There is a lot of information out there about local search and SEO, but the first step is, of course, understanding how it all works. If you wanted a quick and easy guide to give you an overview and send you in the right direction to learn more, this one’s for you.
Guide to Local Search
Yahoo Local, Bing Places, and Google+ Local Differences (and What about Yelp?)
The three major search engines for local are all very similar. You create your own business page, or business listing, and it will show up on a SERP as a local result. These results stand out on a page and look different than your typical results page, so they stand out. You are also working with less competition, so you have a better chance of ranking in front of a very targeted audience with local search.
Below are two different ways that local listing stand out on Google. Some queries use the new Google carousel design:
Other queries use the older design:
The way that the local search results are displayed varies slightly from search engine to search engine, but the idea that local search results are less competitive and are more relevant to users still rings true across the board.
Once again, you do not have one local business page that works for all search engines. If you want to get involved with Yahoo Local, you need a Yahoo Local page. If you wanted to get involved with all three engines, you will have three separate local pages (more on this in the next section).
The History of Google Local
This is unfortunately probably the most confusing aspect of local search, but the confusion seems to be ending because Google is just about done making changes. In short, you used to need to setup a Google Places page, but then they came out with something called Google+ Local Pages for Business and then two existed. Now, they have merged the two and your new term is Google+ Places.
Essentially: Google Places page + Google+ Local for Business = Google+ Places
How you actually get started creating this Google+ Places page is discussed in the next section. Trust me, it’s not as confusing as it sounds.
What About Yelp?
Yelp might not be considered one of the major search engines, but it is definitely a major search engine when it comes to local search specifically. Yelp is a network full of reviews and information about different businesses, and many people turn to Yelp before a “major” search engine. Yelp is also known to show up as an organic result on a local search query on Google, Bing, etc., so it should absolutely be part of your local strategy.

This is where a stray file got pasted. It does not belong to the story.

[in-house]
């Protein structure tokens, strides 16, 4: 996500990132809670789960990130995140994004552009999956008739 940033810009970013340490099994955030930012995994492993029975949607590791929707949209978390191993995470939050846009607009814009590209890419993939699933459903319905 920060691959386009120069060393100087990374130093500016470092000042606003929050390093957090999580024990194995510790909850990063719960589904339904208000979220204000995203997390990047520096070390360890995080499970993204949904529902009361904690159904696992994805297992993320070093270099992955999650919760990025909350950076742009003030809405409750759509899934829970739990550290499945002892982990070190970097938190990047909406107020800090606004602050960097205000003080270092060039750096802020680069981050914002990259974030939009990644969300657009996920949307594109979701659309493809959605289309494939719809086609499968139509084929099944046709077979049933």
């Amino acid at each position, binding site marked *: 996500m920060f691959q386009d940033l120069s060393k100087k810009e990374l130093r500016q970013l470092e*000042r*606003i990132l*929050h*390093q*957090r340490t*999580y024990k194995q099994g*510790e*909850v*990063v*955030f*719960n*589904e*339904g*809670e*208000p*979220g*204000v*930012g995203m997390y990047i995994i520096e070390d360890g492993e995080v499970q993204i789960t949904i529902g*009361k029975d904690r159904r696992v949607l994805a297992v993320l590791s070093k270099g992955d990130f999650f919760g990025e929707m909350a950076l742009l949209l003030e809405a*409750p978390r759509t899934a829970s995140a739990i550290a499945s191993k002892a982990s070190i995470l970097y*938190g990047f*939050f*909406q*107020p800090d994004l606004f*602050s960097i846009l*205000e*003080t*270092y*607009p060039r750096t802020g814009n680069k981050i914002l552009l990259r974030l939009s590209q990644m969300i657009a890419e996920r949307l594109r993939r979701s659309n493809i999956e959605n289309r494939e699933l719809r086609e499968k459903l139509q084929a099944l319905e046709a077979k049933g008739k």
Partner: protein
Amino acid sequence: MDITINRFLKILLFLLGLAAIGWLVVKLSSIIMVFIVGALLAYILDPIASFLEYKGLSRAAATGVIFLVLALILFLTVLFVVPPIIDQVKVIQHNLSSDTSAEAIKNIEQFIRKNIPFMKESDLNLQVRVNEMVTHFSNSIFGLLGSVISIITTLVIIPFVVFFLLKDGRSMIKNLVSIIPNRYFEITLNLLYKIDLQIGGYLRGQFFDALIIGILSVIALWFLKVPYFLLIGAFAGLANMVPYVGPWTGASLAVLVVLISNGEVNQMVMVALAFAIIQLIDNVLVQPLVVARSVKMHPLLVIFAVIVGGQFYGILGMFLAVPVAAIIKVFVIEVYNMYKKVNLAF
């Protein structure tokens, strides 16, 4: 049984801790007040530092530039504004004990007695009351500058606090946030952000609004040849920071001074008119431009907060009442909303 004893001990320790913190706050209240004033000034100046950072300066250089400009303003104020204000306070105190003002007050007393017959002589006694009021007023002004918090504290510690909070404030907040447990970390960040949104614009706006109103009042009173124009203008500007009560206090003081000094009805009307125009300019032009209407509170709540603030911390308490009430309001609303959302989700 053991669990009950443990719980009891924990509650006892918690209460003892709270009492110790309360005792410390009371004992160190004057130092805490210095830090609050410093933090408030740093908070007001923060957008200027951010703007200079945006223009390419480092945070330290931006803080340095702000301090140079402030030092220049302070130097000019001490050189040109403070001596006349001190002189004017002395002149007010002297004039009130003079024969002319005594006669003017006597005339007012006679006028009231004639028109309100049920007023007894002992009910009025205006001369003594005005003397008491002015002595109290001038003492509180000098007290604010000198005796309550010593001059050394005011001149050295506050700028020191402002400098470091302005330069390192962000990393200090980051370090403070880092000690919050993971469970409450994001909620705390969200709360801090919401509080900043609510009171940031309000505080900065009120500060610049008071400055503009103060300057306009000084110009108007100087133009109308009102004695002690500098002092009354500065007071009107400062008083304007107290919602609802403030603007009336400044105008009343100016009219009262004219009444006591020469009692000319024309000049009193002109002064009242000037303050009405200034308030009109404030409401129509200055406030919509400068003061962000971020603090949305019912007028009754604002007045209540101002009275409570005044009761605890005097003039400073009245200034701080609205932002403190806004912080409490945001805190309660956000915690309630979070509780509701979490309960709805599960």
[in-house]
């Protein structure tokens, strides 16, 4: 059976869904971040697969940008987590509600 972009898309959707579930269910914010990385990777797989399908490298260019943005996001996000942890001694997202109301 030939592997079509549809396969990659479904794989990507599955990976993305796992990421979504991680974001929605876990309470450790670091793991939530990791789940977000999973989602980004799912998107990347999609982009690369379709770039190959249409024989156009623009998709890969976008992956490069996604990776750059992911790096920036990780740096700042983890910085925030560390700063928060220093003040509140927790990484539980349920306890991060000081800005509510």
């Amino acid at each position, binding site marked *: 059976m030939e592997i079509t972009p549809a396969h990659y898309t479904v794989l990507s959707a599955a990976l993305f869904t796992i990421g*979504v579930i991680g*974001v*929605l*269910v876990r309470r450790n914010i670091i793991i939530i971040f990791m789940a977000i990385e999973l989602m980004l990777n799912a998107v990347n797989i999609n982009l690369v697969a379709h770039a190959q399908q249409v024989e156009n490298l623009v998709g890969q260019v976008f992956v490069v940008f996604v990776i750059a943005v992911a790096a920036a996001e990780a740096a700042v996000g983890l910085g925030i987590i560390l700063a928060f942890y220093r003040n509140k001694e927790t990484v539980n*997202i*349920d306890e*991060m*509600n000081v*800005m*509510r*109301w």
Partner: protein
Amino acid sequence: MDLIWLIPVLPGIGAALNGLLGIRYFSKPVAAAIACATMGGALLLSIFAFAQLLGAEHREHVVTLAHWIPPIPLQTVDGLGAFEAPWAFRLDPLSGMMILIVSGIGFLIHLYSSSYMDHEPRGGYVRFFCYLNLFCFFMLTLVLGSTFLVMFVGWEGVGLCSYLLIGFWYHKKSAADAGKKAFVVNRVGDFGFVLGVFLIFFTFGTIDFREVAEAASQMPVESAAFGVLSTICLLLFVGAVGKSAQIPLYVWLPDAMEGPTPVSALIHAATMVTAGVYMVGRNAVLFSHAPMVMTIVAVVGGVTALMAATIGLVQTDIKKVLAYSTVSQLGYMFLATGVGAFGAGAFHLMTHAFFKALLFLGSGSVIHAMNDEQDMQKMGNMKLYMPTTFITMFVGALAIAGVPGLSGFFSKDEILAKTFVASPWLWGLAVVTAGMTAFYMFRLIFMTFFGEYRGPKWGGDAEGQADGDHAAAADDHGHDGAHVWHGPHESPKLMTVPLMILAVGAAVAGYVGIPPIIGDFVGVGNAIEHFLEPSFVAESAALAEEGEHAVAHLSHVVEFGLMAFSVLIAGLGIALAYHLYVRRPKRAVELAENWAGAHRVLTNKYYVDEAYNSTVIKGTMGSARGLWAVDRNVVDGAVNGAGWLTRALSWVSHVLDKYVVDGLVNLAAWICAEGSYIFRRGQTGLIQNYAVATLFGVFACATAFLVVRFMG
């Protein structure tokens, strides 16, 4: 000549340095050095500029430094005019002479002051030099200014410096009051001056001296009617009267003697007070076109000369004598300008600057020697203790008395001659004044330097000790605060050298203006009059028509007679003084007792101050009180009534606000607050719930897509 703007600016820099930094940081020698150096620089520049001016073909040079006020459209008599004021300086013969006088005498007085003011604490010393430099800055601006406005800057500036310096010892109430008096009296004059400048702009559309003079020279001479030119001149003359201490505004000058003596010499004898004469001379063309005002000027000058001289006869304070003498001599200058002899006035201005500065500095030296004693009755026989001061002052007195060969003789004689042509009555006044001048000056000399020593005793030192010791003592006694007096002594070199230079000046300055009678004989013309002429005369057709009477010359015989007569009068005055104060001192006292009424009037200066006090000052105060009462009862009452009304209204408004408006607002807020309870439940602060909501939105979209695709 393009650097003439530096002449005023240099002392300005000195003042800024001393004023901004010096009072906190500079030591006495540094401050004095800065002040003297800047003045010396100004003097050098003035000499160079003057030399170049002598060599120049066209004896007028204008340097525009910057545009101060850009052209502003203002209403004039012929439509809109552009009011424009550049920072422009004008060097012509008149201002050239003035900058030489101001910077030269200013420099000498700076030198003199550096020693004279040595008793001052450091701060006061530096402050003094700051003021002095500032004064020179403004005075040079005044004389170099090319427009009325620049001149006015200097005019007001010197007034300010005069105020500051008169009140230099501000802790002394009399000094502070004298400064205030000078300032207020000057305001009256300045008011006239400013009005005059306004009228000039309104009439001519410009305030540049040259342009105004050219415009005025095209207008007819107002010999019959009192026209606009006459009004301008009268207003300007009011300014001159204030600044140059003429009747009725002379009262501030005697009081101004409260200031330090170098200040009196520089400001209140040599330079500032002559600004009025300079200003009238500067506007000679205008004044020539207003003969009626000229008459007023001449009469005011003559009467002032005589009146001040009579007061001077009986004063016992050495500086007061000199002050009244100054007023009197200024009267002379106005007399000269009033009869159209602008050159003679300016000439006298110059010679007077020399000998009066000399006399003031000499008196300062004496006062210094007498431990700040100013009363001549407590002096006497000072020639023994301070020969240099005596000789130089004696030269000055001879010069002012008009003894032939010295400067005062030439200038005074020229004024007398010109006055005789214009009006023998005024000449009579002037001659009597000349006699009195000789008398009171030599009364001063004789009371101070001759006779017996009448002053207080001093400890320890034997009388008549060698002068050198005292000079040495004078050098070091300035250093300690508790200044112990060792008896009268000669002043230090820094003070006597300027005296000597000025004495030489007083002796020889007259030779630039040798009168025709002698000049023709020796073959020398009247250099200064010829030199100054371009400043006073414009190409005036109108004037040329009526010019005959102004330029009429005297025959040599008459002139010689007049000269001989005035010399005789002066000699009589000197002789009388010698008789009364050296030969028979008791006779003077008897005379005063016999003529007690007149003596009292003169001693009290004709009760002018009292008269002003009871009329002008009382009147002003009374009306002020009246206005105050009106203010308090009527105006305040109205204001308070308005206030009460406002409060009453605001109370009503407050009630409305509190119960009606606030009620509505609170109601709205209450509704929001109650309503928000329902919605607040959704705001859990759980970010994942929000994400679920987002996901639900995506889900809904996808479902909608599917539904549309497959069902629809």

Below is a screenshot of a Yelp business page (showing Yelps fairly new design):
Yelp makes it easy to check-in on mobile so users can share with friends on social media and allows businesses to make special offers for users.
How to Determine If You’re Already Listed Somewhere Online
One thing that throws beginners off quite often is the fact that you might need to “claim” your listing as opposed to create it. Even if you didn’t put your business online, your business could still be a part of a search engine. This means that someone has already listed your business and the basics; however that person cannot make any major changes. You then need to claim your business.
There are a few different ways to determine if you are listed somewhere else online:
- Do a simple search of various names of your business (one word vs. two, etc.). Remember that some of these listings will have the wrong name but will still be associated with your business, so do more than just a name check.
- Use tools like Yext and Localeze.
- When getting started, most search engines will pull up businesses that match your criteria and let you know right away if you’ve been listed or not.
Extra Tip: Don’t forget that local search matters a lot for mobile!
If you’re still on the fence about whether or not you need a local strategy (hopefully not, but just in case), the mobile considerations should change your mind. I talked with Scott Langdon, Managing Partner of HigherVisibility, who explained that, “People are much more likely to search for a local query on the go. You want your business to show up because people are likely already in their cars and looking for something quick and easy. This isn’t always the case, but it’s a good chunk of the time.”
It’s worth noting that all of your “normal” SEO efforts will transfer over into your local strategy. The only difference is that local SEO offers a few extra options for small businesses to really be successful. In other words, you may have been able to get away with showing up in local search in the past even if you didn’t focus on local specifically. Unfortunately, those days are pretty much over. Using some of the tips above will be crucial to ranking well on a local SERP.
Although it might seem overwhelming, I recommend taking it one step at a time. Start with Google local and Yelp, get comfortable, and then move to Yahoo and Bing and focusing on mobile. It’s actually not so bad when you go step by step.
Do you have any advice on local search?
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